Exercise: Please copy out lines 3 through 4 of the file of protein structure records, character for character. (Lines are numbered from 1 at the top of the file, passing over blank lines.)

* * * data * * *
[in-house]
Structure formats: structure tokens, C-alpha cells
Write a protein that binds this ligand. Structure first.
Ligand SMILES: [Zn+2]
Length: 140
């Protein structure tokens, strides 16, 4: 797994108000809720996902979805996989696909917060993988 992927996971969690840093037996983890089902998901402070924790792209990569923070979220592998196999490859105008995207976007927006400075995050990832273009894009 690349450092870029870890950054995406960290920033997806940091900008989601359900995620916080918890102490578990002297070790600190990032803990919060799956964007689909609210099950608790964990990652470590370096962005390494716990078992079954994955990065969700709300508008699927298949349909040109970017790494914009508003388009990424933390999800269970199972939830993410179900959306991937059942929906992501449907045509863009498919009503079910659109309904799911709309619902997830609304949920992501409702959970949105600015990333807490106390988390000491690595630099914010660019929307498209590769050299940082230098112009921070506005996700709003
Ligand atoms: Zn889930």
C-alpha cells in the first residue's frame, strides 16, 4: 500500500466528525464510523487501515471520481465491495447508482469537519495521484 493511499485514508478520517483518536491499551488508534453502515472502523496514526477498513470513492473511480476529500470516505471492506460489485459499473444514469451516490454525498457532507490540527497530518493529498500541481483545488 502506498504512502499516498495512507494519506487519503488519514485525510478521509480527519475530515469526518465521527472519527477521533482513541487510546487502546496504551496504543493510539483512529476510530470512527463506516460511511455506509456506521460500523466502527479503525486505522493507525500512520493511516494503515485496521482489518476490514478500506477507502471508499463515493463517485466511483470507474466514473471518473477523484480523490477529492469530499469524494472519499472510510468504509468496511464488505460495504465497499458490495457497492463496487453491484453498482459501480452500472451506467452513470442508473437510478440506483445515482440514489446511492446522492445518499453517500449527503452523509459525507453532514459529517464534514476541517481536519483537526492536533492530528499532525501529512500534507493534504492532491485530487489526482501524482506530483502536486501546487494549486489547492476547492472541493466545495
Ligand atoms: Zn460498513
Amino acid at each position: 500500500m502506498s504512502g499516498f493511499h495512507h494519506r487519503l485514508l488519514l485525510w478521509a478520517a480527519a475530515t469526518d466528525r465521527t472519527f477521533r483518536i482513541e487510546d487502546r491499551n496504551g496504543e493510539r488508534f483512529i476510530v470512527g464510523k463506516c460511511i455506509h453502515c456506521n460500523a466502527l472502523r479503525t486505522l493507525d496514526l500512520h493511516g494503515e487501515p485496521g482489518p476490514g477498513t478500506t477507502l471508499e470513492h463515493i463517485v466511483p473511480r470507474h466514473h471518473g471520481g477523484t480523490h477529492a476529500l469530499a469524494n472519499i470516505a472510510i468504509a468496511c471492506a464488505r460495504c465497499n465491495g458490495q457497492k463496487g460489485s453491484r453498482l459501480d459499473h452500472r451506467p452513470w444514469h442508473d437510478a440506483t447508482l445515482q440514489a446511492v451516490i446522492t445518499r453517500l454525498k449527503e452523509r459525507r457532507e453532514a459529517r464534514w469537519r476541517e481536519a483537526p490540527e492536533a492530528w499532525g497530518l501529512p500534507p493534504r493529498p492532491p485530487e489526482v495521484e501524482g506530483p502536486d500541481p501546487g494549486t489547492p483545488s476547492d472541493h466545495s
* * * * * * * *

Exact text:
Write a protein that binds this ligand. Structure first.
Ligand SMILES: [Zn+2]